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Activists lament ‘impunity’of Iran’s Raisi after death

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PARIS—Human rights groups and exiled opposition factions expressed regret Iranian president Ebrahim Raisi’s death meant he never saw justice for crimes they say he committed during decades as a leading figure in the Islamic republic.

A man who rose quickly through the ranks after Iran’s 1979 Islamic revolution, Raisi was accused by activists of overseeing mass executions of prisoners in 1988 followed by a litany of human rights abuses as judiciary chief and later president.

“Ebrahim Raisi was a symbol of judicial impunity for criminals and the entrenched lack of accountability within the Islamic republic’s system,” Mahmood-Amiry Moghaddam, director of Norway-based group Iran Human Rights, said in a statement to AFP.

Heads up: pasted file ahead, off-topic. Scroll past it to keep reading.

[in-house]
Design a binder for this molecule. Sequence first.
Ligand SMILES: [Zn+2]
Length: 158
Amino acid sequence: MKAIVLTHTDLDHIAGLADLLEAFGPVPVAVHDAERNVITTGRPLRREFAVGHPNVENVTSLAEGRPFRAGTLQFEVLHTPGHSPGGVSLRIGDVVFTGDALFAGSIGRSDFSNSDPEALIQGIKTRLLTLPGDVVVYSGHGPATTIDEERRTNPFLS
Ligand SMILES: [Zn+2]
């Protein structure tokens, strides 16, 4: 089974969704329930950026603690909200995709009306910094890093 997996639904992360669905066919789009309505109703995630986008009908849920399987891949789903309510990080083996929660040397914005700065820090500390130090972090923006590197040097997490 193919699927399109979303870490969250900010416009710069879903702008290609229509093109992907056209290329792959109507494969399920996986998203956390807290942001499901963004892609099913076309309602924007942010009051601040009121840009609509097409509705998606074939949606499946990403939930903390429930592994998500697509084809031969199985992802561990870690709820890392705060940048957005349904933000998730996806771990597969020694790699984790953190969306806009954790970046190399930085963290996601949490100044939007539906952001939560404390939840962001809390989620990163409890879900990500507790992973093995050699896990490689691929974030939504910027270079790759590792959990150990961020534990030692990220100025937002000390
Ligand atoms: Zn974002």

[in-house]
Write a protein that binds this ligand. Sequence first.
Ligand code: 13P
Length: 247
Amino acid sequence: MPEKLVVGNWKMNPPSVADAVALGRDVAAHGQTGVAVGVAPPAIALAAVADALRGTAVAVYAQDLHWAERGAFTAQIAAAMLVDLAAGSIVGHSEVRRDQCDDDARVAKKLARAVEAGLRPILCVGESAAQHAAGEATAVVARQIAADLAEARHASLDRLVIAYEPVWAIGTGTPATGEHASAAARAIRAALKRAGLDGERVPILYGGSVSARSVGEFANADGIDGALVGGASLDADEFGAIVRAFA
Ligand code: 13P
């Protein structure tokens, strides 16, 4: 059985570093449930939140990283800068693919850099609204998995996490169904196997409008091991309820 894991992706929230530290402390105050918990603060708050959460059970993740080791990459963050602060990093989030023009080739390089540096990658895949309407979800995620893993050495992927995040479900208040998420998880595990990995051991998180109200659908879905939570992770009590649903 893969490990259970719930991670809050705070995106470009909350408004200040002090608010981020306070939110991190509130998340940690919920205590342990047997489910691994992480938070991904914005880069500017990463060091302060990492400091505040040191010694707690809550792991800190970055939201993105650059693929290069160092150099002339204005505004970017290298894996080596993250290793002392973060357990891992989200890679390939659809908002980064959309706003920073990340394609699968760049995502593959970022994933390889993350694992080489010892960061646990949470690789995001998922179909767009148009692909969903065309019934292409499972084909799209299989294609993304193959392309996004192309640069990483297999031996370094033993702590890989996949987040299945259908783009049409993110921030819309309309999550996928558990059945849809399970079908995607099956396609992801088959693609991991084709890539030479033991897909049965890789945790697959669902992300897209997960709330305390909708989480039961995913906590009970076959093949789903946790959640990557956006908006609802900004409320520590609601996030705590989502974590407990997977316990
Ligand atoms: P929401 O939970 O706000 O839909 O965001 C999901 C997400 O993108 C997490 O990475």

He “should have been prosecuted for crimes against humanity and held accountable in a fair trial for the countless atrocities he committed over these four decades,” Moghaddam added.

Shadi Sadr, co-founder of the Justice for Iran group, which campaigns for accountability for Iranian rights violations, condemned the condolences offered by some Western figures, including EU Council President Charles Michel, for the deaths of Raisi and his foreign minister Hossein Amir-Abdollahian.

“Such actions are perceived as a betrayal by the countless victims of human rights abuses, deepening the disappointment among the Iranian population towards the international community,” she told AFP.


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